Your state attorney general's office may also be a good resource - often times they have some sort of consumer protection department that can help. There's also the public utilities commission as National Grid is a utility.

So I payed a visit to the public utilities commission, they said they would call the NG executive offices. If they still refuse to drop the charges, I have to request an informal review.

So it seems to be moving in the right direction, thanks for the help guys. :thumbsup:

#9 Stl Bills

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Posted 06 June 2011 - 03:56 PM

View PostJust Jack, on 05 June 2011 - 07:11 PM, said:

Call one of the local television stations that has one of those Consumer Reporters. Usually that will be enough to get it resolved without having to go to court.
I'd do this, I saw one on the news just last week where a local city installed new water meters and a families first bill with their new meter went from aprox $30 to over $500.  Obviously it was a faulty meter reading but the utility office would not refund their money, one call to the news and they got their money asap.

#10 Huuuge Bills

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Posted 08 June 2011 - 10:40 AM

Just to wrap up:

The executive office of national grid calls me today, and after 5 1/2 months, they finally listened to the original call (they save all calls apparently).

The woman on the phone sounded embarrassed, and admitted to hearing me ask twice for them to cancel the order at the first house.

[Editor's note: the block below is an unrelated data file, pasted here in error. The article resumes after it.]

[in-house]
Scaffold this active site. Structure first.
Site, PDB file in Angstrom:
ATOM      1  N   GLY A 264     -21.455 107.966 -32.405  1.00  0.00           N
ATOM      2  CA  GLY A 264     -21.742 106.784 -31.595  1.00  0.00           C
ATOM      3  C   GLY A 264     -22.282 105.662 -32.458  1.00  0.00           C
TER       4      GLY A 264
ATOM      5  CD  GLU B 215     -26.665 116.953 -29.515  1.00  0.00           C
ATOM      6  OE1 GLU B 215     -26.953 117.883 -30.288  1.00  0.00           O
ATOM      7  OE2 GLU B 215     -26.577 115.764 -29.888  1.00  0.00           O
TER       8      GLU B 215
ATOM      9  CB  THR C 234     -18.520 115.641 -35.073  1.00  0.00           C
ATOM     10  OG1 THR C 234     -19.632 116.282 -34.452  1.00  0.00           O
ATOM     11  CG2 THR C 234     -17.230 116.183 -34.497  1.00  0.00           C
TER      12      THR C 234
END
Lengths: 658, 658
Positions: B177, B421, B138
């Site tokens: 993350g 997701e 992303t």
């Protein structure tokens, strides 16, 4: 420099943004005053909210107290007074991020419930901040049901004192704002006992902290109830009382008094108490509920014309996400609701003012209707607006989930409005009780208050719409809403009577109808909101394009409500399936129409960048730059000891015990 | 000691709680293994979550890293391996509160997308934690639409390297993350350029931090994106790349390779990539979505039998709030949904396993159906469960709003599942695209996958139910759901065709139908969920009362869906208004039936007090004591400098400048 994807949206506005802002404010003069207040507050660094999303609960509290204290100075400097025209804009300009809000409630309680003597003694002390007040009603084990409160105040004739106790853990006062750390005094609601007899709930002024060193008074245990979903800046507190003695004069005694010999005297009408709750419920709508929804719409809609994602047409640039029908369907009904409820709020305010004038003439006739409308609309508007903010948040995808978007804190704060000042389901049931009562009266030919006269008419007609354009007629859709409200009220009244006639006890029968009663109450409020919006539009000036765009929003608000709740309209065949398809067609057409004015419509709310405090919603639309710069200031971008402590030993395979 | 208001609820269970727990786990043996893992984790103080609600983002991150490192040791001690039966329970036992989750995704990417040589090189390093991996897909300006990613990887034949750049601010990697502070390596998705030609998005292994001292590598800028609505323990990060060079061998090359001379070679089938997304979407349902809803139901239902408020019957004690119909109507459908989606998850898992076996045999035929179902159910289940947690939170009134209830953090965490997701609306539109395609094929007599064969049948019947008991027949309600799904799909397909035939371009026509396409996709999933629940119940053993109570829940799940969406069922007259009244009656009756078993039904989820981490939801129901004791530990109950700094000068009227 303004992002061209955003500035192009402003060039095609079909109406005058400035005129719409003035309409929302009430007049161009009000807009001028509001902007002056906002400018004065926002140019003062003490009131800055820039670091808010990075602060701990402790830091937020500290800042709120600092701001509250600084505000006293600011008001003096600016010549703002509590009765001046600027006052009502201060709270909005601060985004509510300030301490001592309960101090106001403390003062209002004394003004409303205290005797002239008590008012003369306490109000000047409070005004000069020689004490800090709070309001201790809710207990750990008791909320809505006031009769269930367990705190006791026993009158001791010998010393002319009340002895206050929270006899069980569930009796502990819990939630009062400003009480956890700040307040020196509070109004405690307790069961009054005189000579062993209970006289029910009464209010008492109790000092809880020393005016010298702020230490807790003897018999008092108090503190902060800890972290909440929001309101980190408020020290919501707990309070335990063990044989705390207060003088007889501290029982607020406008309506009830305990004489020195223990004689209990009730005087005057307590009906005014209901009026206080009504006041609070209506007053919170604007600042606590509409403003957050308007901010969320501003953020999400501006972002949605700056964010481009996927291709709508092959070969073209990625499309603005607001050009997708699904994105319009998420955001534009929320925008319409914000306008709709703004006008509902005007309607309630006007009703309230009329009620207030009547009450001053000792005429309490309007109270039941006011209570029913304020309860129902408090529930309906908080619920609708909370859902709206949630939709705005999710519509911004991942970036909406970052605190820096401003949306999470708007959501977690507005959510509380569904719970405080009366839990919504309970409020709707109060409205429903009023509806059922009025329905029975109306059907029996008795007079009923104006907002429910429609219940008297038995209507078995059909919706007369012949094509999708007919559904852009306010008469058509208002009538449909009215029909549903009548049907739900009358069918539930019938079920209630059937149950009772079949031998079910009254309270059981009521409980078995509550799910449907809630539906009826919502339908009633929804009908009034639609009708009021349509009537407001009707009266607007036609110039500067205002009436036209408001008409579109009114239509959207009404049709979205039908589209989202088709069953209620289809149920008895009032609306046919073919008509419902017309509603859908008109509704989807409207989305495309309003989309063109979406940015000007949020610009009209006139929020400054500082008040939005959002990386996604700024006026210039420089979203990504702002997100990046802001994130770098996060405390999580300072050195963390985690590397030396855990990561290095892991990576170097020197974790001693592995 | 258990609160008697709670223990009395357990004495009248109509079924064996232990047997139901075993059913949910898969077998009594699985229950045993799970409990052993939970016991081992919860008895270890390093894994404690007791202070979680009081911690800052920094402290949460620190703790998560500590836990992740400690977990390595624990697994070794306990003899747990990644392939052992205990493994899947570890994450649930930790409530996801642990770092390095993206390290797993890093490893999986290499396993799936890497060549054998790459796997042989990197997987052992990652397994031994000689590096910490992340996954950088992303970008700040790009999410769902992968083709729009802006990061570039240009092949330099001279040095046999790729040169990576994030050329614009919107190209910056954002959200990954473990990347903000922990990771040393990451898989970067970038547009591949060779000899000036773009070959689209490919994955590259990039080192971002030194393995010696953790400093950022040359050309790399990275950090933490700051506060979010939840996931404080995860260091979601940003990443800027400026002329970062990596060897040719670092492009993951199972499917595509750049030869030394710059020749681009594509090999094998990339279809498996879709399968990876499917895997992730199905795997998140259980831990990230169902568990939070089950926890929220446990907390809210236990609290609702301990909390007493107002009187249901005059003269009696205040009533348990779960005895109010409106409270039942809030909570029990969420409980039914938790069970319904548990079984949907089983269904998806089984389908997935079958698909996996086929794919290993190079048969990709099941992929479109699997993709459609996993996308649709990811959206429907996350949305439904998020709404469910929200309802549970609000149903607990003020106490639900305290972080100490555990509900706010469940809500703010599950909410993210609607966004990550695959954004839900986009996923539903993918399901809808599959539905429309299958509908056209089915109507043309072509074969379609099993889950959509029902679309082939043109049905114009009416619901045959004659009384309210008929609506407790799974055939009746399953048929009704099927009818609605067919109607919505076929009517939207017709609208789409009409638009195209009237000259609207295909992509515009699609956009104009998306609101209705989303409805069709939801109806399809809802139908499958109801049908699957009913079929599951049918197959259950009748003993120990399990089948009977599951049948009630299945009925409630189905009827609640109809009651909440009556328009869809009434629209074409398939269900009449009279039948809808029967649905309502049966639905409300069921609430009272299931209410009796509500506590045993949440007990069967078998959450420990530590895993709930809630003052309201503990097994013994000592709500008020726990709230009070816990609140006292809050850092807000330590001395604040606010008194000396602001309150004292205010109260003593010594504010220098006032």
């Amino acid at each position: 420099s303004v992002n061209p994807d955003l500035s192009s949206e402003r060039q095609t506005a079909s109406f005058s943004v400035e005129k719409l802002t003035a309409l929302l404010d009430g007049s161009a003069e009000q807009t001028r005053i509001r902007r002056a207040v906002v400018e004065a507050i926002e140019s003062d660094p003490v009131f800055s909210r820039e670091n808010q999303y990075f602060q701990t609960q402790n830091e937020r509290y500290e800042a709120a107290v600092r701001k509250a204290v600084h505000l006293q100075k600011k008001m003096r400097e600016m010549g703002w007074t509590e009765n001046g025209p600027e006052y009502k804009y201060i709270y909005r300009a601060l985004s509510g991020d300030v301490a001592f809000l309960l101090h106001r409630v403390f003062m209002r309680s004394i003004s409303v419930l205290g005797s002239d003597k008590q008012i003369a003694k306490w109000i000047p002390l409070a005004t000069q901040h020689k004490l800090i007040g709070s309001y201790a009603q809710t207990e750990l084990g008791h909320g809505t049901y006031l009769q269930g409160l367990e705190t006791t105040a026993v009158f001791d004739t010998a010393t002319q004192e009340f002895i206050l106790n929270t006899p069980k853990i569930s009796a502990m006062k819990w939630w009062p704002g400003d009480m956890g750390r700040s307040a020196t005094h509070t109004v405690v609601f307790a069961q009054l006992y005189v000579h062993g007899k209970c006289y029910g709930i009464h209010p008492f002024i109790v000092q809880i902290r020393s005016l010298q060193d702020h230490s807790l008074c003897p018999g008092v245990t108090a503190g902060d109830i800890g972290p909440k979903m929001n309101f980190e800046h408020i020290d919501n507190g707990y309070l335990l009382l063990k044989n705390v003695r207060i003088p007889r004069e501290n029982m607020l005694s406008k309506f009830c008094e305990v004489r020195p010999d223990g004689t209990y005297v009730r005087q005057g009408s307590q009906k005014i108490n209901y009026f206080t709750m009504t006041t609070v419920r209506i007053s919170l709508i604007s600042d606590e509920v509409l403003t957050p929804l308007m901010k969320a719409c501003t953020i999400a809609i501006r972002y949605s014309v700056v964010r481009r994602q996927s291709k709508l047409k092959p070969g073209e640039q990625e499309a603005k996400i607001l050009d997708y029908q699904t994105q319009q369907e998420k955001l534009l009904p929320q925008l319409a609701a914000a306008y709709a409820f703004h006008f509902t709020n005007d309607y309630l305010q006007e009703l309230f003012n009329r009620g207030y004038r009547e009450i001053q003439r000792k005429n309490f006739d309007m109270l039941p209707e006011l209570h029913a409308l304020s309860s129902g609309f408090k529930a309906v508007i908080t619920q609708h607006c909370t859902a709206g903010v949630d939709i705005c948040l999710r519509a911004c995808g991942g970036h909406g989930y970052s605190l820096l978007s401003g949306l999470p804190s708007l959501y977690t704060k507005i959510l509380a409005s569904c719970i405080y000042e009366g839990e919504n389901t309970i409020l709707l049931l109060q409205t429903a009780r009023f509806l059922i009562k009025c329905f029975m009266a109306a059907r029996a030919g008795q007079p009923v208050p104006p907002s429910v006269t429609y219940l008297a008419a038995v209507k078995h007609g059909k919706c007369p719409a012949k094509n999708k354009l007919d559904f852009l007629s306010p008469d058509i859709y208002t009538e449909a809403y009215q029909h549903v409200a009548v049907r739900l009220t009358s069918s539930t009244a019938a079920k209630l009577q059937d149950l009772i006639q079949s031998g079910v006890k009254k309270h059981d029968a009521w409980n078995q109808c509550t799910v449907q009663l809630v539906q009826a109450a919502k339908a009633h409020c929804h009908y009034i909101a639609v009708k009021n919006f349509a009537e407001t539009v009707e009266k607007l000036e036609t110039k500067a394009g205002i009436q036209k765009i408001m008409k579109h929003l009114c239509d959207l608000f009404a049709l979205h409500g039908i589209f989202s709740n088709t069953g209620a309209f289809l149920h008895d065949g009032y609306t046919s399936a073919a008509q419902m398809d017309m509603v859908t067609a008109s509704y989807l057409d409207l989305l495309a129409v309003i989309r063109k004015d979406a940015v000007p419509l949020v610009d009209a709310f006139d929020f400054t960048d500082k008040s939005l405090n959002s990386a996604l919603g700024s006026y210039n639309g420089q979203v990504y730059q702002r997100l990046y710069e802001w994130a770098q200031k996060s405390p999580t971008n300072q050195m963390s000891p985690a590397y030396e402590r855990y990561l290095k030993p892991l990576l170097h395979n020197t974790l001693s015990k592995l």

My account is being credited for the full amount.  :thumbsup:

#11 The Poojer

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Posted 08 June 2011 - 06:34 PM

way to stick to your guns!  Congrats on getting it resolved. :thumbsup:

View PostHuuuge Bills, on 08 June 2011 - 10:40 AM, said:

Just to wrap up:

The executive office of national grid calls me today, and after 5 1/2 months, they finally listened to the original call (they save all calls apparently).

The woman on the phone sounded embarrassed, and admitted to hearing me ask twice for them to cancel the order at the first house.

My account is being credited for the full amount.  :thumbsup:


#12 \GoBillsInDallas/

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Posted 08 June 2011 - 06:47 PM

View PostHuuuge Bills, on 06 June 2011 - 11:36 AM, said:

Alright, called NG today, they told me to shove it....

Why would Nervous Guy tell you to shove it?

#13 Booster4324

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Posted 08 June 2011 - 06:58 PM

View Post\GoBillsInDallas/, on 08 June 2011 - 06:47 PM, said:

Why would Nervous Guy tell you to shove it?

Have you talked to Nervous Guy before?  :unsure:

#14 BarkLessWagMore

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Posted 09 June 2011 - 07:03 AM

View PostHuuuge Bills, on 08 June 2011 - 10:40 AM, said:

Just to wrap up:

The executive office of national grid calls me today, and after 5 1/2 months, they finally listened to the original call (they save all calls apparently).

The woman on the phone sounded embarrassed, and admitted to hearing me ask twice for them to cancel the order at the first house.

My account is being credited for the full amount.  :thumbsup:

score one for the good guys!! Congrats.